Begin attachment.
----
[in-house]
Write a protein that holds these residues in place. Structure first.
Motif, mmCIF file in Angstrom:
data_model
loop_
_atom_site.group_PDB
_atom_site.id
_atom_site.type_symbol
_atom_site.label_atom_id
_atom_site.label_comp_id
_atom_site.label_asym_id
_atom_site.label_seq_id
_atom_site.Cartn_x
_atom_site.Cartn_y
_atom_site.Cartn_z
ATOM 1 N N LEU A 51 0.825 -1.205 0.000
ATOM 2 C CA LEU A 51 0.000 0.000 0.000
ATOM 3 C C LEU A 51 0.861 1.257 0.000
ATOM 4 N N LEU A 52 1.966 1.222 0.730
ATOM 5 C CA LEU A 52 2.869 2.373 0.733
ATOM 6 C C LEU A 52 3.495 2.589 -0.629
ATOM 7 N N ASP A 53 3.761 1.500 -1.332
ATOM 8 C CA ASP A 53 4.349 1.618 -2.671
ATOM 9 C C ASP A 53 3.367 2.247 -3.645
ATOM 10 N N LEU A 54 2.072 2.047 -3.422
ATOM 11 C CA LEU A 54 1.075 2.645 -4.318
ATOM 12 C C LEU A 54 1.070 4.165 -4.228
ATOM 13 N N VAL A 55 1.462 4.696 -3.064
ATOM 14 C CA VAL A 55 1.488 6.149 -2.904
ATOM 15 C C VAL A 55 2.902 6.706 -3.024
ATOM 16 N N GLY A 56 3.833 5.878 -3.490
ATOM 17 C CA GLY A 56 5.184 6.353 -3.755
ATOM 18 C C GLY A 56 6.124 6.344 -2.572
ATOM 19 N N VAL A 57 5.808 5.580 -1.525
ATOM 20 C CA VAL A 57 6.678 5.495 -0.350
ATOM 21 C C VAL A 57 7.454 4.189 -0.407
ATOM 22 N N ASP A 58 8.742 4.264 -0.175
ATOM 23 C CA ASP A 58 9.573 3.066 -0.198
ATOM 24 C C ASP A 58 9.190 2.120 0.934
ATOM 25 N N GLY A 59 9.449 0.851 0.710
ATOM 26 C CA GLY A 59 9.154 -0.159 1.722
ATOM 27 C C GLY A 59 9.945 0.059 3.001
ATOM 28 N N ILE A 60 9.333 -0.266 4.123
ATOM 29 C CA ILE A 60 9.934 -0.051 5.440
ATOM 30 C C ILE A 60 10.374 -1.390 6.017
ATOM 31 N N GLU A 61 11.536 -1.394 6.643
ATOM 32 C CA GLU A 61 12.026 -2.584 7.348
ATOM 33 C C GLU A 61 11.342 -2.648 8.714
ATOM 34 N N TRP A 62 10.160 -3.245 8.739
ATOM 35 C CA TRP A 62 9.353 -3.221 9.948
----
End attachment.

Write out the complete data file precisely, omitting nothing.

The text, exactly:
[in-house]
Write a protein that holds these residues in place. Structure first.
Motif, mmCIF file in Angstrom:
data_model
loop_
_atom_site.group_PDB
_atom_site.id
_atom_site.type_symbol
_atom_site.label_atom_id
_atom_site.label_comp_id
_atom_site.label_asym_id
_atom_site.label_seq_id
_atom_site.Cartn_x
_atom_site.Cartn_y
_atom_site.Cartn_z
ATOM 1 N N LEU A 51 0.825 -1.205 0.000
ATOM 2 C CA LEU A 51 0.000 0.000 0.000
ATOM 3 C C LEU A 51 0.861 1.257 0.000
ATOM 4 N N LEU A 52 1.966 1.222 0.730
ATOM 5 C CA LEU A 52 2.869 2.373 0.733
ATOM 6 C C LEU A 52 3.495 2.589 -0.629
ATOM 7 N N ASP A 53 3.761 1.500 -1.332
ATOM 8 C CA ASP A 53 4.349 1.618 -2.671
ATOM 9 C C ASP A 53 3.367 2.247 -3.645
ATOM 10 N N LEU A 54 2.072 2.047 -3.422
ATOM 11 C CA LEU A 54 1.075 2.645 -4.318
ATOM 12 C C LEU A 54 1.070 4.165 -4.228
ATOM 13 N N VAL A 55 1.462 4.696 -3.064
ATOM 14 C CA VAL A 55 1.488 6.149 -2.904
ATOM 15 C C VAL A 55 2.902 6.706 -3.024
ATOM 16 N N GLY A 56 3.833 5.878 -3.490
ATOM 17 C CA GLY A 56 5.184 6.353 -3.755
ATOM 18 C C GLY A 56 6.124 6.344 -2.572
ATOM 19 N N VAL A 57 5.808 5.580 -1.525
ATOM 20 C CA VAL A 57 6.678 5.495 -0.350
ATOM 21 C C VAL A 57 7.454 4.189 -0.407
ATOM 22 N N ASP A 58 8.742 4.264 -0.175
ATOM 23 C CA ASP A 58 9.573 3.066 -0.198
ATOM 24 C C ASP A 58 9.190 2.120 0.934
ATOM 25 N N GLY A 59 9.449 0.851 0.710
ATOM 26 C CA GLY A 59 9.154 -0.159 1.722
ATOM 27 C C GLY A 59 9.945 0.059 3.001
ATOM 28 N N ILE A 60 9.333 -0.266 4.123
ATOM 29 C CA ILE A 60 9.934 -0.051 5.440
ATOM 30 C C ILE A 60 10.374 -1.390 6.017
ATOM 31 N N GLU A 61 11.536 -1.394 6.643
ATOM 32 C CA GLU A 61 12.026 -2.584 7.348
ATOM 33 C C GLU A 61 11.342 -2.648 8.714
ATOM 34 N N TRP A 62 10.160 -3.245 8.739
ATOM 35 C CA TRP A 62 9.353 -3.221 9.948